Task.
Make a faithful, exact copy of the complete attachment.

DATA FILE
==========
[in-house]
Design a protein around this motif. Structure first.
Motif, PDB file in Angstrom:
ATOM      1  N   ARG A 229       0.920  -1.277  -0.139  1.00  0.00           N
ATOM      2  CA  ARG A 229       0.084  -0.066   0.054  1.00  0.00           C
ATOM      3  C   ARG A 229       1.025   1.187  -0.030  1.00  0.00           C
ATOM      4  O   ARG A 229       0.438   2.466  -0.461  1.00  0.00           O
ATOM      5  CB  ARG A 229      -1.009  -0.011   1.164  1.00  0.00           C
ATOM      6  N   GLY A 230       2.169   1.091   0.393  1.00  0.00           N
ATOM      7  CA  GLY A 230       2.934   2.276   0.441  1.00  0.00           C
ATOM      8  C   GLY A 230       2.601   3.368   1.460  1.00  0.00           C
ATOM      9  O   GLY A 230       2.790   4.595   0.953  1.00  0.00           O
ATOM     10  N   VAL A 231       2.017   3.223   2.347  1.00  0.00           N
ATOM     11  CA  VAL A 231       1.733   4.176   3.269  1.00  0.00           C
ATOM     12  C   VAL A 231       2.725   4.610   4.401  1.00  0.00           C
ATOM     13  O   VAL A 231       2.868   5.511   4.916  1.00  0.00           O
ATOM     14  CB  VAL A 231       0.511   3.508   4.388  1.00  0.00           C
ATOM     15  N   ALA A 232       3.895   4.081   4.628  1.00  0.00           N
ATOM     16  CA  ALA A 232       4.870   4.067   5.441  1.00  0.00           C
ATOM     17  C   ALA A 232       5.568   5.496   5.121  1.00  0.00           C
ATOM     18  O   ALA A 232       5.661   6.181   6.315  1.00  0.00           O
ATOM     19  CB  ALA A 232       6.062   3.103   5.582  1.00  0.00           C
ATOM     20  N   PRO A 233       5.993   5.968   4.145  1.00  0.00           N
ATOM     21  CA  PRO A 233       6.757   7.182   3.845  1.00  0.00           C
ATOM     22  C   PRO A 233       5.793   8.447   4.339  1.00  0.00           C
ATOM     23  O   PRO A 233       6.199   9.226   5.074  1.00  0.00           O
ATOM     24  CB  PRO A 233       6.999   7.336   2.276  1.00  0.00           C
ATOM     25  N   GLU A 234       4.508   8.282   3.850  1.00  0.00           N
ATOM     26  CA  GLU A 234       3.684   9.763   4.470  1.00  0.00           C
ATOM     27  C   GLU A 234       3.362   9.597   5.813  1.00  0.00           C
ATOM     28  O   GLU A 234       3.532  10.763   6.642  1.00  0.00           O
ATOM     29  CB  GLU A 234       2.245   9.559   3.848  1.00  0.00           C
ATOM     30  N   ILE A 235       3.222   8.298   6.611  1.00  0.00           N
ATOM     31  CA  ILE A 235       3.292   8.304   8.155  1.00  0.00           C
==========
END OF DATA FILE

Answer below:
[in-house]
Design a protein around this motif. Structure first.
Motif, PDB file in Angstrom:
ATOM      1  N   ARG A 229       0.920  -1.277  -0.139  1.00  0.00           N
ATOM      2  CA  ARG A 229       0.084  -0.066   0.054  1.00  0.00           C
ATOM      3  C   ARG A 229       1.025   1.187  -0.030  1.00  0.00           C
ATOM      4  O   ARG A 229       0.438   2.466  -0.461  1.00  0.00           O
ATOM      5  CB  ARG A 229      -1.009  -0.011   1.164  1.00  0.00           C
ATOM      6  N   GLY A 230       2.169   1.091   0.393  1.00  0.00           N
ATOM      7  CA  GLY A 230       2.934   2.276   0.441  1.00  0.00           C
ATOM      8  C   GLY A 230       2.601   3.368   1.460  1.00  0.00           C
ATOM      9  O   GLY A 230       2.790   4.595   0.953  1.00  0.00           O
ATOM     10  N   VAL A 231       2.017   3.223   2.347  1.00  0.00           N
ATOM     11  CA  VAL A 231       1.733   4.176   3.269  1.00  0.00           C
ATOM     12  C   VAL A 231       2.725   4.610   4.401  1.00  0.00           C
ATOM     13  O   VAL A 231       2.868   5.511   4.916  1.00  0.00           O
ATOM     14  CB  VAL A 231       0.511   3.508   4.388  1.00  0.00           C
ATOM     15  N   ALA A 232       3.895   4.081   4.628  1.00  0.00           N
ATOM     16  CA  ALA A 232       4.870   4.067   5.441  1.00  0.00           C
ATOM     17  C   ALA A 232       5.568   5.496   5.121  1.00  0.00           C
ATOM     18  O   ALA A 232       5.661   6.181   6.315  1.00  0.00           O
ATOM     19  CB  ALA A 232       6.062   3.103   5.582  1.00  0.00           C
ATOM     20  N   PRO A 233       5.993   5.968   4.145  1.00  0.00           N
ATOM     21  CA  PRO A 233       6.757   7.182   3.845  1.00  0.00           C
ATOM     22  C   PRO A 233       5.793   8.447   4.339  1.00  0.00           C
ATOM     23  O   PRO A 233       6.199   9.226   5.074  1.00  0.00           O
ATOM     24  CB  PRO A 233       6.999   7.336   2.276  1.00  0.00           C
ATOM     25  N   GLU A 234       4.508   8.282   3.850  1.00  0.00           N
ATOM     26  CA  GLU A 234       3.684   9.763   4.470  1.00  0.00           C
ATOM     27  C   GLU A 234       3.362   9.597   5.813  1.00  0.00           C
ATOM     28  O   GLU A 234       3.532  10.763   6.642  1.00  0.00           O
ATOM     29  CB  GLU A 234       2.245   9.559   3.848  1.00  0.00           C
ATOM     30  N   ILE A 235       3.222   8.298   6.611  1.00  0.00           N
ATOM     31  CA  ILE A 235       3.292   8.304   8.155  1.00  0.00           C